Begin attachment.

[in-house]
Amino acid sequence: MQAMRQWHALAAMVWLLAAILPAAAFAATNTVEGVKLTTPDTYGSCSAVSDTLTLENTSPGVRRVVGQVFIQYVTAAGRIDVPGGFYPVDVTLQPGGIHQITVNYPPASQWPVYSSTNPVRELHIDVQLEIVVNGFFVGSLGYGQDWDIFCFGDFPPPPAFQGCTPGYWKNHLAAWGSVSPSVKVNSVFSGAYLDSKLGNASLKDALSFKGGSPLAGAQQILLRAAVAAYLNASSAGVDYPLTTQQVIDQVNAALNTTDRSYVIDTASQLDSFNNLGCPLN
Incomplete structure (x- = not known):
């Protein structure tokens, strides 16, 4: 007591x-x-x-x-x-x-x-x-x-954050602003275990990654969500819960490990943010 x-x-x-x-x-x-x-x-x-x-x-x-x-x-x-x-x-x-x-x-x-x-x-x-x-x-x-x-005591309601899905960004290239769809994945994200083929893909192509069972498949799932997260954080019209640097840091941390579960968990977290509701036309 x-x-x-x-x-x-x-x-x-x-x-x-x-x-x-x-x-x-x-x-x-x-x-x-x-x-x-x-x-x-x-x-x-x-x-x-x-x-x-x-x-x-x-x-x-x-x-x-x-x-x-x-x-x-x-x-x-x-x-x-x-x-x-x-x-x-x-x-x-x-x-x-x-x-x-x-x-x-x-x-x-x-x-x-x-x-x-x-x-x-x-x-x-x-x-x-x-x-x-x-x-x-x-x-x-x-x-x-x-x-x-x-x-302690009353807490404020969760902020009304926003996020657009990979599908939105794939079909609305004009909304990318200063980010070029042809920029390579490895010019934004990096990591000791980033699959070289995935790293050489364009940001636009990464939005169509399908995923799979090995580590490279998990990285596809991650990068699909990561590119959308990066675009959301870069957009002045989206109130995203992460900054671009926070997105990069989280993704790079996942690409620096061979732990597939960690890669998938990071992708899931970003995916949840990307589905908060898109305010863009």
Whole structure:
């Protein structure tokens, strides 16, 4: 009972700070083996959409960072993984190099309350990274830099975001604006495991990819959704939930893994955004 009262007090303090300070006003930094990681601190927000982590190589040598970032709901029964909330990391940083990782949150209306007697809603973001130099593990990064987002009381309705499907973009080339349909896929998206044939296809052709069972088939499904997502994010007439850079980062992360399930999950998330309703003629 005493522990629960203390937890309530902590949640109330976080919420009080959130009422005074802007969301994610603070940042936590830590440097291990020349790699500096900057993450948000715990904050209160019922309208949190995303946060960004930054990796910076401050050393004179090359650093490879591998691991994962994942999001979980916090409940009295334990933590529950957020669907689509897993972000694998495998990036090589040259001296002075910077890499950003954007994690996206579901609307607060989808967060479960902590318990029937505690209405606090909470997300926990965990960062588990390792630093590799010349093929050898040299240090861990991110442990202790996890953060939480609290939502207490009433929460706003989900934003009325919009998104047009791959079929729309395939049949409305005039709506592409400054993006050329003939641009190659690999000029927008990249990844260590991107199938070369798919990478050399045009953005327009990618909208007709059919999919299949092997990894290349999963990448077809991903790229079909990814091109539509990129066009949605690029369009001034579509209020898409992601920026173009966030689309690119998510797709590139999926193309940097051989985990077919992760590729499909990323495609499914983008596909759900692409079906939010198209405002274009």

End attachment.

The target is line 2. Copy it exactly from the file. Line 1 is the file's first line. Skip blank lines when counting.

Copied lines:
Amino acid sequence: MQAMRQWHALAAMVWLLAAILPAAAFAATNTVEGVKLTTPDTYGSCSAVSDTLTLENTSPGVRRVVGQVFIQYVTAAGRIDVPGGFYPVDVTLQPGGIHQITVNYPPASQWPVYSSTNPVRELHIDVQLEIVVNGFFVGSLGYGQDWDIFCFGDFPPPPAFQGCTPGYWKNHLAAWGSVSPSVKVNSVFSGAYLDSKLGNASLKDALSFKGGSPLAGAQQILLRAAVAAYLNASSAGVDYPLTTQQVIDQVNAALNTTDRSYVIDTASQLDSFNNLGCPLN